Gaming Peripheral: Corsair Cherry MX RGB
Corsair sent us word of its Cherry MX RGB mechanical keyboard ahead of CES, and we made a beeline for it when the show opened. It’s the world’s first gaming keyboard with Cherry MX RGB key switches, facilitating backlighting in 16.8 million colors. It should go on sale later this year with Cherry MX Red, Cherry MX Brown, or Cherry MX Blue switches.
Notebook: Lenovo Carbon X1
The ThinkPad X1 Carbon was one of the many products that Lenovo announced at CES 2014. The machine is a second-generation offering (the first debuted during the summer of 2012). It has the same soft touch carbon fiber chassis, but it’s slightly smaller and lighter than the original. Lenovo added a touch-sensitive strip over the keyboard displaying shortcut keys that change depending on the application you have open. This is a clear improvement over the single-function hardware keys on the previous version. There’s also native Ethernet and OneLink Docking, touch or non-touch displays, Windows 8.1 Pro, Intel’s Haswell-based CPUs, and longer battery life. It’s arriving later this month and starts at $1300.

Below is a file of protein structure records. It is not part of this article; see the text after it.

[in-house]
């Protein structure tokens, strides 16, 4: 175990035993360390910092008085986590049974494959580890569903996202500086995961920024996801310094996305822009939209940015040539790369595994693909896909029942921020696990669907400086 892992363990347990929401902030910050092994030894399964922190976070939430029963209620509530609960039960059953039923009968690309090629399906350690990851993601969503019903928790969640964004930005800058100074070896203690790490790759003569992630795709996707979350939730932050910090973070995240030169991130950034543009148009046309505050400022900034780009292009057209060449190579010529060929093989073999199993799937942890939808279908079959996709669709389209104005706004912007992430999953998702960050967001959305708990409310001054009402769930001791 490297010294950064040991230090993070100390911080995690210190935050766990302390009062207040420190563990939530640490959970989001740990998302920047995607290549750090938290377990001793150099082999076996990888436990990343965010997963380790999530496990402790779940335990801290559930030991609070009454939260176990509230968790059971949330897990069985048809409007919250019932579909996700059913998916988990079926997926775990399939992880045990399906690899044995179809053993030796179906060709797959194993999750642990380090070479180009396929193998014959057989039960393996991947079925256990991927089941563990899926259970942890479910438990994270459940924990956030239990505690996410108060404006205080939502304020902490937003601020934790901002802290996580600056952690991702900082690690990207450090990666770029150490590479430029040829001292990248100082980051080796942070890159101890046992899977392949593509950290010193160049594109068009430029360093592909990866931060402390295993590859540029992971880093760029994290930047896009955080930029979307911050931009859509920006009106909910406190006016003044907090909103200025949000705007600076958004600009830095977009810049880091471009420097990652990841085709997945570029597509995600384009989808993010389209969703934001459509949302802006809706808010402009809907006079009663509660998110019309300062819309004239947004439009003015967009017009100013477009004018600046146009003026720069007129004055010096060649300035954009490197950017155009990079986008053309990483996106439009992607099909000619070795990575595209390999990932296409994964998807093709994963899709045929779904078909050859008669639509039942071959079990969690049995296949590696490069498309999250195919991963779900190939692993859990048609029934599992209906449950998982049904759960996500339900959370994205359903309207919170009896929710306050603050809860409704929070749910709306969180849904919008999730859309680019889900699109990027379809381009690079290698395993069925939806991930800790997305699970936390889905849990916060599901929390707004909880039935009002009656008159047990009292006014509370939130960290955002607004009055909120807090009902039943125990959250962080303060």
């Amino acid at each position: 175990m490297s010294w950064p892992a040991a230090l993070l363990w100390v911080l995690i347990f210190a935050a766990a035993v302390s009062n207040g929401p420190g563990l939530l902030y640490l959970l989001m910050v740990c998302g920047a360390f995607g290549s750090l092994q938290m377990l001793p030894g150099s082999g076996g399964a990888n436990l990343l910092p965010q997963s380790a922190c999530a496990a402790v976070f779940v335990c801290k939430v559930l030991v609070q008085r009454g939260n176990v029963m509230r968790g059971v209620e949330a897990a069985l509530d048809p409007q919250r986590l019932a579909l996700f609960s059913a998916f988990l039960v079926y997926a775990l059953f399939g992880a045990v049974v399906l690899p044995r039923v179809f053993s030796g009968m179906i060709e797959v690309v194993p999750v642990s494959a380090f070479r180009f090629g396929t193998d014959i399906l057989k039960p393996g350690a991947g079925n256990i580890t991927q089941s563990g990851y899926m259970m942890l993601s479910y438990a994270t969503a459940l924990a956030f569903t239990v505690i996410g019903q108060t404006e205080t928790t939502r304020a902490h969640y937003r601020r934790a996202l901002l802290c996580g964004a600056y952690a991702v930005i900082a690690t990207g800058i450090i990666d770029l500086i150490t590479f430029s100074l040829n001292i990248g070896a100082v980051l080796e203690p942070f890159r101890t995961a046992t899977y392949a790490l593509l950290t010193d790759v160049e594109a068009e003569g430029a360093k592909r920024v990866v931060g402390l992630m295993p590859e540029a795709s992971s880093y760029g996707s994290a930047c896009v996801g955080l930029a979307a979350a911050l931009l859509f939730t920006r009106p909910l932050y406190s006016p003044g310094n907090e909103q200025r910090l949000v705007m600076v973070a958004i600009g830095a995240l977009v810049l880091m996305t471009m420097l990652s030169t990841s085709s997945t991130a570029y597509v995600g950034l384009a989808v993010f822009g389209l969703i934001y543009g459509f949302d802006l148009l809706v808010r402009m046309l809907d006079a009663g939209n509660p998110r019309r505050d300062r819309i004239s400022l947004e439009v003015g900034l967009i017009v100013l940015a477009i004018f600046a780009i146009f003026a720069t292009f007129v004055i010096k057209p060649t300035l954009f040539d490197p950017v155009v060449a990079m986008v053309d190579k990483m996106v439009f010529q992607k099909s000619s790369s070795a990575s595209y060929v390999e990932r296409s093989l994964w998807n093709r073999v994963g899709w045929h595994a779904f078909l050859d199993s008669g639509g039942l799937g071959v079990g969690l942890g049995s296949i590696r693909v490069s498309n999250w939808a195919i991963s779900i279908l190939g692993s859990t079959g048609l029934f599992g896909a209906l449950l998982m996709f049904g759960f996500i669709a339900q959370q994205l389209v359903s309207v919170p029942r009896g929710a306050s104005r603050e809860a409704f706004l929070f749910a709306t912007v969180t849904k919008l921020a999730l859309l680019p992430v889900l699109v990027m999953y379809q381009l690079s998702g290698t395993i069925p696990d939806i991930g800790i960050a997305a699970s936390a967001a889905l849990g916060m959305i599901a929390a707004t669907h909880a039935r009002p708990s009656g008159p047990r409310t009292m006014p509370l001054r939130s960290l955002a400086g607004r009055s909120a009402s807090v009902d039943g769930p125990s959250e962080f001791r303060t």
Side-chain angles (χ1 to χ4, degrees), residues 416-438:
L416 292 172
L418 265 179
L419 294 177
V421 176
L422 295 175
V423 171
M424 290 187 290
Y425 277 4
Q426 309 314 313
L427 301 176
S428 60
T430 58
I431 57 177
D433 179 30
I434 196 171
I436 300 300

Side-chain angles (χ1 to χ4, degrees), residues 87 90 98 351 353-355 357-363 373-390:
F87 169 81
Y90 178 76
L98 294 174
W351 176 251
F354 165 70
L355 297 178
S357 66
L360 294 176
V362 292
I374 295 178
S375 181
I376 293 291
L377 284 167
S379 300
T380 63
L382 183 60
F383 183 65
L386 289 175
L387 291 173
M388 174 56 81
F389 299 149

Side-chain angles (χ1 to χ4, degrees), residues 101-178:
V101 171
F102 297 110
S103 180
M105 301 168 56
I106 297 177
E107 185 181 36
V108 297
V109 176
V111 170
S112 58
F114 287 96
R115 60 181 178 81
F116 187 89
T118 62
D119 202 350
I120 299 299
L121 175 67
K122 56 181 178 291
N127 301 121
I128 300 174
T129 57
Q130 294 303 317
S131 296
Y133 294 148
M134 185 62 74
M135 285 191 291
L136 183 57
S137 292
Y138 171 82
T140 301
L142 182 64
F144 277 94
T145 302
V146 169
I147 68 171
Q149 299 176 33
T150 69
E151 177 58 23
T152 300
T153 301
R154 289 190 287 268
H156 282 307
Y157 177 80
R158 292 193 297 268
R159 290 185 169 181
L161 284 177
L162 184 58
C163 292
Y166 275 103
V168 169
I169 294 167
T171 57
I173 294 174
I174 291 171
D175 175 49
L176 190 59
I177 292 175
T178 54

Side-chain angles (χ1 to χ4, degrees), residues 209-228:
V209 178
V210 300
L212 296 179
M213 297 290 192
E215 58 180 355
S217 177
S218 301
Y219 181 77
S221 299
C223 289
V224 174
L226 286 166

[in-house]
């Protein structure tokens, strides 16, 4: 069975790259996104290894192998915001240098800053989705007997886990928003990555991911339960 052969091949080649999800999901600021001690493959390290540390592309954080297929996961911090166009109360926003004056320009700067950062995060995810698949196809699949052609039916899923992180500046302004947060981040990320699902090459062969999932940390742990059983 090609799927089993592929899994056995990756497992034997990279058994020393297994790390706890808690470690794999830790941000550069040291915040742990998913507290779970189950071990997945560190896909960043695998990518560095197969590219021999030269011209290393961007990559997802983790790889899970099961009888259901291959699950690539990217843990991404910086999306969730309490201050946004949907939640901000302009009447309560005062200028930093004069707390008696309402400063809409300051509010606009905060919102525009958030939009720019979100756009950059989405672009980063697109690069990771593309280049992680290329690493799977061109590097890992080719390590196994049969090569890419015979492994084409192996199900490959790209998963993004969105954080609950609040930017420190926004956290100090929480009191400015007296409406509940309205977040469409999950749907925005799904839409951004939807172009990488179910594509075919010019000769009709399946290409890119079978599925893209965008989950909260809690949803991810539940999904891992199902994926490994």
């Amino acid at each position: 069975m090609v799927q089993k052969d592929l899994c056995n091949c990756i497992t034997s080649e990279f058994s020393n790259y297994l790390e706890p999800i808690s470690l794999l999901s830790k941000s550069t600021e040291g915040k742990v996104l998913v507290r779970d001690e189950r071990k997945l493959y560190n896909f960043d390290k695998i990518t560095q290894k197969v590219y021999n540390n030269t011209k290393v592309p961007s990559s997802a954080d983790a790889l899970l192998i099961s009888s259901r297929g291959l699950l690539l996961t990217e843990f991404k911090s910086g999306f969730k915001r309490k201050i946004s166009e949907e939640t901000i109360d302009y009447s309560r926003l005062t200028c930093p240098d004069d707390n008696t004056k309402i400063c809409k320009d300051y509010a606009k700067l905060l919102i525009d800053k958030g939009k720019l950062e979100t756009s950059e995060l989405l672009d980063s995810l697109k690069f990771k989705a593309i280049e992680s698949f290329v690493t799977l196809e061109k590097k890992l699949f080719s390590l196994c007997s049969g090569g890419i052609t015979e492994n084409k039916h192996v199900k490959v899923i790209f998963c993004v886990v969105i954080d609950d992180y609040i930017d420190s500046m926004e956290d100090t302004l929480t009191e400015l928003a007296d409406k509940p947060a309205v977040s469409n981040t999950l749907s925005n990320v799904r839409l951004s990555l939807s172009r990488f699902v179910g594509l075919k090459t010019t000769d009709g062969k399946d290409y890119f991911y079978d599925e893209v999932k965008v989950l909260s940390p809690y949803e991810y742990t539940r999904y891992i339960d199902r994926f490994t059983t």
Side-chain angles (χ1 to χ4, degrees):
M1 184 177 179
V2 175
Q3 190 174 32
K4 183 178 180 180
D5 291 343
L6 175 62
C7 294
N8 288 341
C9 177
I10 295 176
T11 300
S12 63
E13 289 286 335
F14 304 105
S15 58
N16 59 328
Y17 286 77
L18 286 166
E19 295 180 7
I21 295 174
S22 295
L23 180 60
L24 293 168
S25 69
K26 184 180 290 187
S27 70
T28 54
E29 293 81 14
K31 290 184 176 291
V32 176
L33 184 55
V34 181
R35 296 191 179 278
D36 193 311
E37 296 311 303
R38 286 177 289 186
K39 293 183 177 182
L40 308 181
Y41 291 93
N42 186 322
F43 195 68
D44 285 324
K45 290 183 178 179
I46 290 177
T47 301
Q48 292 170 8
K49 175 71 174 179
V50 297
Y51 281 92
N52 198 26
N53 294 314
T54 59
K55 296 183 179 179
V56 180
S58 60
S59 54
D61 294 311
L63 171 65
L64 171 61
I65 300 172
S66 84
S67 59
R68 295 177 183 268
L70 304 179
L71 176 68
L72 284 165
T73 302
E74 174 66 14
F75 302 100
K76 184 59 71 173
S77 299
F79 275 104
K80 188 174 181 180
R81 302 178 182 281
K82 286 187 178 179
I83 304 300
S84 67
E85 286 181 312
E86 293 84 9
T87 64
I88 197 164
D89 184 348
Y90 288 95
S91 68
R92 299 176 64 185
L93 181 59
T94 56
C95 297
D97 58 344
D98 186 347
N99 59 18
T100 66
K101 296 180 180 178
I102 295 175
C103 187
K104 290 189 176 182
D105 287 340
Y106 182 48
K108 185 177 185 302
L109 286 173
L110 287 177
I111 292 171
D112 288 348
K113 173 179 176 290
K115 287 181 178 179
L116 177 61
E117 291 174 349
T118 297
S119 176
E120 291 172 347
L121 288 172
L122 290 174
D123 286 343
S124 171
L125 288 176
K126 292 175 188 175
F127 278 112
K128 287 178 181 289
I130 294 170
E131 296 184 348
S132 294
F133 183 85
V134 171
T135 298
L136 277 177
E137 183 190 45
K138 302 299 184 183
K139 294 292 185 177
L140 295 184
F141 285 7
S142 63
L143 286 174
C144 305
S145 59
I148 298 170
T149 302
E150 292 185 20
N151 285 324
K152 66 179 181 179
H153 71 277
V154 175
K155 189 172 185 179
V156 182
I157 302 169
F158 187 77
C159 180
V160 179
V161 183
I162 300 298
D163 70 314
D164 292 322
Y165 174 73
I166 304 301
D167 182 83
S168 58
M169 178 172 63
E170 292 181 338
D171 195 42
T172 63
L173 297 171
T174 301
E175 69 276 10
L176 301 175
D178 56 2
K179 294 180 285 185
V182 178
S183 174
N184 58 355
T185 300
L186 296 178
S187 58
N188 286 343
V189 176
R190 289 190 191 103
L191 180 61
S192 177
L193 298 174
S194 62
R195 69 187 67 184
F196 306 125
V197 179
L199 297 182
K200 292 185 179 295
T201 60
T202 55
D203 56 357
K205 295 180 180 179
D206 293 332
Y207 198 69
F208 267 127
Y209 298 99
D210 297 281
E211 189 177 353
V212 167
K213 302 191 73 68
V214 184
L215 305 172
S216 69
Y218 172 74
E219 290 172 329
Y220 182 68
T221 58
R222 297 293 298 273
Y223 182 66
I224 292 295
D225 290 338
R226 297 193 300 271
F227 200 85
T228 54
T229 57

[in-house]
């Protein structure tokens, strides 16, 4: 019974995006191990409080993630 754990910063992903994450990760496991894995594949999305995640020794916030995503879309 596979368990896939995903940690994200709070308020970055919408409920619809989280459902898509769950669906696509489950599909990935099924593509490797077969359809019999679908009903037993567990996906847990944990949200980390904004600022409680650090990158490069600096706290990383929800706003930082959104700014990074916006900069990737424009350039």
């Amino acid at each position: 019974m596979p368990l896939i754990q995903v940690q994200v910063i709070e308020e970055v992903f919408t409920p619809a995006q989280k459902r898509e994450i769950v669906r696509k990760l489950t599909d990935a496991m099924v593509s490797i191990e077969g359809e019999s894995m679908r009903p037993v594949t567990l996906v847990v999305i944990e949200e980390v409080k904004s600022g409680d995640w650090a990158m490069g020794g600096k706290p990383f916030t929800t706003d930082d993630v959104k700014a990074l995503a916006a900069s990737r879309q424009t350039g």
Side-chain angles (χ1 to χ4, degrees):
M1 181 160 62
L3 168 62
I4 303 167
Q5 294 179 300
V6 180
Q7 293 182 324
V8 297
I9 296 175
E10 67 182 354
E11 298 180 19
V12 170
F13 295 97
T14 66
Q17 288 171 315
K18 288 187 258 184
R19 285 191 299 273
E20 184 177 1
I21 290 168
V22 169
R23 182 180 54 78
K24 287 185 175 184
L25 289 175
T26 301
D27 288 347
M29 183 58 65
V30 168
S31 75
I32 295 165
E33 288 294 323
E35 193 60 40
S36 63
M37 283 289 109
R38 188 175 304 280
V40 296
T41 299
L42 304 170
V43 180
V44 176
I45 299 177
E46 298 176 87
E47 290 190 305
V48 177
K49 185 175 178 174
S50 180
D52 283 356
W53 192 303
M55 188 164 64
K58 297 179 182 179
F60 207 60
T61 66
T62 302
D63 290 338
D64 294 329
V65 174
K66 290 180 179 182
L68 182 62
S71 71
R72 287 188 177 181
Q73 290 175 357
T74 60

Automotive: 2015 Hyundai Genesis Sedan With Blue Link
With mobile devices and wireless connectivity more pervasive than ever, car companies have a lot to live up to. Hyundai is embracing technology integration with its 2015 Genesis Sedan. Blue Link has new features that seem genuinely useful. The Genesis Assistant app is quick and responsive; there’s no long delay after the car receives commands, as before. There's even a Google Glass app that can remotely start, unlock, and find your car. The Genesis looks great and launches later this year.
Monitor/Display: Asus ROG Swift PG278Q